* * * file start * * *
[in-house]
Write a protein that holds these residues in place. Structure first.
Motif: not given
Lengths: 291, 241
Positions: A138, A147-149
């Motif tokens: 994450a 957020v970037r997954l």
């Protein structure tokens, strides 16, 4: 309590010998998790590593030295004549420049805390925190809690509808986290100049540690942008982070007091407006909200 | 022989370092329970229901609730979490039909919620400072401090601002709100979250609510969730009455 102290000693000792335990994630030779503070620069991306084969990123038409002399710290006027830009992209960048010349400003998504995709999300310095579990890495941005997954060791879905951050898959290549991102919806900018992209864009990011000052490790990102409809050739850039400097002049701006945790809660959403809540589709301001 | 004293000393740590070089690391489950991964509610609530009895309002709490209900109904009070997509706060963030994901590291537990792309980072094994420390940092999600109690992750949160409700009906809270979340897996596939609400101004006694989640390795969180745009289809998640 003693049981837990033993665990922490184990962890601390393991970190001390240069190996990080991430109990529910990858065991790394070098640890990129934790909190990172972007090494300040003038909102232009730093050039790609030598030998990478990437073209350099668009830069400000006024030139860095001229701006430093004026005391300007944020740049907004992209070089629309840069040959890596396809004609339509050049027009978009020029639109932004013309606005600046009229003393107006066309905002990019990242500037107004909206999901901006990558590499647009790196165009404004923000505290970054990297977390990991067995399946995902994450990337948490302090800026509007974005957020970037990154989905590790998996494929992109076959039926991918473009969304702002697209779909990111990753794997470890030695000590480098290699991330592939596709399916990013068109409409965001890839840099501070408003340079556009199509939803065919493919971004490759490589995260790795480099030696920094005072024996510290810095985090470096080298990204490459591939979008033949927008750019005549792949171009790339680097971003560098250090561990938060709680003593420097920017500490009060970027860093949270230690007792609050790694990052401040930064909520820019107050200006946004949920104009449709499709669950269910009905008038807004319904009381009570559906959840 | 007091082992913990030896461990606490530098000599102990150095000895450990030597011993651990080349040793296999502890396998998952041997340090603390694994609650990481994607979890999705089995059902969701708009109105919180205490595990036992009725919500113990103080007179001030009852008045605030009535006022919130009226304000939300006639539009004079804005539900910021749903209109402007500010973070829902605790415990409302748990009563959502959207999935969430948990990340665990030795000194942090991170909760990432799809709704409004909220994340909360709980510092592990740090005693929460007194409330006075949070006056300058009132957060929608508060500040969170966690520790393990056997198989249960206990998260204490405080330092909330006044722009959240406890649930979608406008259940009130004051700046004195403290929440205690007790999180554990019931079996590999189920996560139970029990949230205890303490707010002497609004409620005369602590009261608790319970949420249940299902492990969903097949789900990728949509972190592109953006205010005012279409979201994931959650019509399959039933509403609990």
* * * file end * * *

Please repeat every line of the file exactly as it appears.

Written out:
[in-house]
Write a protein that holds these residues in place. Structure first.
Motif: not given
Lengths: 291, 241
Positions: A138, A147-149
């Motif tokens: 994450a 957020v970037r997954l």
């Protein structure tokens, strides 16, 4: 309590010998998790590593030295004549420049805390925190809690509808986290100049540690942008982070007091407006909200 | 022989370092329970229901609730979490039909919620400072401090601002709100979250609510969730009455 102290000693000792335990994630030779503070620069991306084969990123038409002399710290006027830009992209960048010349400003998504995709999300310095579990890495941005997954060791879905951050898959290549991102919806900018992209864009990011000052490790990102409809050739850039400097002049701006945790809660959403809540589709301001 | 004293000393740590070089690391489950991964509610609530009895309002709490209900109904009070997509706060963030994901590291537990792309980072094994420390940092999600109690992750949160409700009906809270979340897996596939609400101004006694989640390795969180745009289809998640 003693049981837990033993665990922490184990962890601390393991970190001390240069190996990080991430109990529910990858065991790394070098640890990129934790909190990172972007090494300040003038909102232009730093050039790609030598030998990478990437073209350099668009830069400000006024030139860095001229701006430093004026005391300007944020740049907004992209070089629309840069040959890596396809004609339509050049027009978009020029639109932004013309606005600046009229003393107006066309905002990019990242500037107004909206999901901006990558590499647009790196165009404004923000505290970054990297977390990991067995399946995902994450990337948490302090800026509007974005957020970037990154989905590790998996494929992109076959039926991918473009969304702002697209779909990111990753794997470890030695000590480098290699991330592939596709399916990013068109409409965001890839840099501070408003340079556009199509939803065919493919971004490759490589995260790795480099030696920094005072024996510290810095985090470096080298990204490459591939979008033949927008750019005549792949171009790339680097971003560098250090561990938060709680003593420097920017500490009060970027860093949270230690007792609050790694990052401040930064909520820019107050200006946004949920104009449709499709669950269910009905008038807004319904009381009570559906959840 | 007091082992913990030896461990606490530098000599102990150095000895450990030597011993651990080349040793296999502890396998998952041997340090603390694994609650990481994607979890999705089995059902969701708009109105919180205490595990036992009725919500113990103080007179001030009852008045605030009535006022919130009226304000939300006639539009004079804005539900910021749903209109402007500010973070829902605790415990409302748990009563959502959207999935969430948990990340665990030795000194942090991170909760990432799809709704409004909220994340909360709980510092592990740090005693929460007194409330006075949070006056300058009132957060929608508060500040969170966690520790393990056997198989249960206990998260204490405080330092909330006044722009959240406890649930979608406008259940009130004051700046004195403290929440205690007790999180554990019931079996590999189920996560139970029990949230205890303490707010002497609004409620005369602590009261608790319970949420249940299902492990969903097949789900990728949509972190592109953006205010005012279409979201994931959650019509399959039933509403609990």